Toward the end of his days on earth, as the darkness of Maundy Thursday and Good Friday raced toward him, Jesus gave us this remarkable promise:
In the re-creation of the world, when the Son of Man will rule gloriously, you who have followed me will also rule, starting with the twelve tribes of Israel. And not only you, but anyone who sacrifices home, family, fields—whatever—because of me will get it all back a hundred times over, not to mention the considerable bonus of eternal life. (Matthew 19:28–29 The Message)
Did you catch that? The re-creation of the world! The religious fog would have us believe that when we die we go to church forever, there to sing hymns for millennia. A horrible distortion, and not the future as Jesus understood it. He called the next chapter “the re-creation of the world,” sometimes translated as “the renewal of all things” (NIV, NRSV). A renewed heavens, a renewed earth. My friends, I hope you understand that we get the entire glorious kingdom back. Sunlight on water; songbirds in a forest; desert sands under moonlight; vineyards just before harvest—Jesus fully intends to restore the glorious world he gave us. Paradise lost; paradise regained. A hundred times over.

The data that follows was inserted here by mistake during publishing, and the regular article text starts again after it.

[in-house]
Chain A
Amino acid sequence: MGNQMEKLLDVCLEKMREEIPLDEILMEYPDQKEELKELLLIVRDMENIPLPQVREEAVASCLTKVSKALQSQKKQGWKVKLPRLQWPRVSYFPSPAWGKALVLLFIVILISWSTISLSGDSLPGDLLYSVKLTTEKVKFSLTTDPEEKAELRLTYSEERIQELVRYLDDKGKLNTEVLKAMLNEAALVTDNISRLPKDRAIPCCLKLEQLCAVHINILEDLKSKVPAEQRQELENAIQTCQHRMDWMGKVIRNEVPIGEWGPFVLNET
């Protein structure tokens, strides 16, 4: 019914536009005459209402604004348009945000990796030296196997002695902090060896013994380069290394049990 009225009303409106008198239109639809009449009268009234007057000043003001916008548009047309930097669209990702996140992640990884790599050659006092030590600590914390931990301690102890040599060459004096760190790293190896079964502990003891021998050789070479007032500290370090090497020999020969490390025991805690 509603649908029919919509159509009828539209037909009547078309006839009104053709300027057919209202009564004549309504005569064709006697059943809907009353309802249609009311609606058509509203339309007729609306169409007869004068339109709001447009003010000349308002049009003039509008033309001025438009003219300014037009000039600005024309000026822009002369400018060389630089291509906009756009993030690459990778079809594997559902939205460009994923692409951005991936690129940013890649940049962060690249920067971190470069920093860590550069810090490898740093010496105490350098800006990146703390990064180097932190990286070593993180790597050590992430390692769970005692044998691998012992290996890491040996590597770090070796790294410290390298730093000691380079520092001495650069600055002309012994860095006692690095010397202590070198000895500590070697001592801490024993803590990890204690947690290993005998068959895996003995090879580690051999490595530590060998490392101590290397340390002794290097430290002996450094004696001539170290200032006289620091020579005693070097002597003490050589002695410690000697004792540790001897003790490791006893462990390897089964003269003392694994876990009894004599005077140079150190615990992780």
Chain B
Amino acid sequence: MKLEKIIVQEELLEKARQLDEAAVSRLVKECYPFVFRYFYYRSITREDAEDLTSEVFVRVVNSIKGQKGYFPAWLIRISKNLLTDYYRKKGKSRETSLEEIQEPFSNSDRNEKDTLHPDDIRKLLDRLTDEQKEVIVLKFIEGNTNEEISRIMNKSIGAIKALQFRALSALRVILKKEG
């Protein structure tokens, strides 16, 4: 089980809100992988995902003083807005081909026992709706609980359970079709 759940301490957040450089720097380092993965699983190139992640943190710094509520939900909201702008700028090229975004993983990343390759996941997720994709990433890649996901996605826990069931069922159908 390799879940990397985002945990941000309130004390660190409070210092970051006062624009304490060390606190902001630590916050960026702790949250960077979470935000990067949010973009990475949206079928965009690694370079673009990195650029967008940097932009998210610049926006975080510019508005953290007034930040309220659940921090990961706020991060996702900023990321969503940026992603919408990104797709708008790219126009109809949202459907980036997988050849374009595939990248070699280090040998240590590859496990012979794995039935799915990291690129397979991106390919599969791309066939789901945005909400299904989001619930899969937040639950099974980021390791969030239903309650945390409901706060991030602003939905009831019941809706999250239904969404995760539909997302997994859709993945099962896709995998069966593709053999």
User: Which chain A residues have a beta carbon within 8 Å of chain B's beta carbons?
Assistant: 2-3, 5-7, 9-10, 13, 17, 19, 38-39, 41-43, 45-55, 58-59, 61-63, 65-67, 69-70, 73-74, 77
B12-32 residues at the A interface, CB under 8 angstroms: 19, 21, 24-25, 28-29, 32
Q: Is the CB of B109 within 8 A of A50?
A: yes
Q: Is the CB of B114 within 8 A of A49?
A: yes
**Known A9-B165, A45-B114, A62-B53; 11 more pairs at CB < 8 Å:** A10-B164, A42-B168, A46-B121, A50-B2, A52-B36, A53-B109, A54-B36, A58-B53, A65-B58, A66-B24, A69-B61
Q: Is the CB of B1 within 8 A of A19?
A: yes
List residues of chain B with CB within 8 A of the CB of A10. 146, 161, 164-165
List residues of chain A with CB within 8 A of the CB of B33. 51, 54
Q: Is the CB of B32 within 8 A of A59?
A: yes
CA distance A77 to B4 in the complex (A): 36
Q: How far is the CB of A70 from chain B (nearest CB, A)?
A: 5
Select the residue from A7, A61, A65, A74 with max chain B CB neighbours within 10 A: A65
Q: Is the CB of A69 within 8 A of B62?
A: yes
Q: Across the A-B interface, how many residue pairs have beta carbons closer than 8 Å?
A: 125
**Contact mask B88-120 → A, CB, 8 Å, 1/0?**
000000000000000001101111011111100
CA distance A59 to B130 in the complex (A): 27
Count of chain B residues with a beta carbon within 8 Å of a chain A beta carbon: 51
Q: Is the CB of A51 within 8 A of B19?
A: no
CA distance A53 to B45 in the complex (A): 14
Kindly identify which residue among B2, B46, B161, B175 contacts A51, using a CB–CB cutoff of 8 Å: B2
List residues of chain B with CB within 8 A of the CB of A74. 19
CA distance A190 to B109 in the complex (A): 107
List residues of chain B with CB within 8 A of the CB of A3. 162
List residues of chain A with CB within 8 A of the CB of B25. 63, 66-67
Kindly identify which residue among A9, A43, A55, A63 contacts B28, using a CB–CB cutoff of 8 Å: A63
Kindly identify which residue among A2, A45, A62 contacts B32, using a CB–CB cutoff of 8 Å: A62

This was what was in his own thoughts when he said, as he passed the cup to his brothers in the upper room just hours before Gethsemane and the Gestapo, “I’ll not be drinking wine from this cup again until that new day when I’ll drink with you in the kingdom of my Father” (Matt. 26:29 The Message). Jesus knew as sure as he knew anything that a new day was coming and with it a glorious kingdom. And there he knew we would feast again—not merely sing—and raise our glasses, and he would break his fast. Food, drink, laughter, life. The joy set before him. Cana was just a foretaste.
(Beautiful Outlaw, 246-247)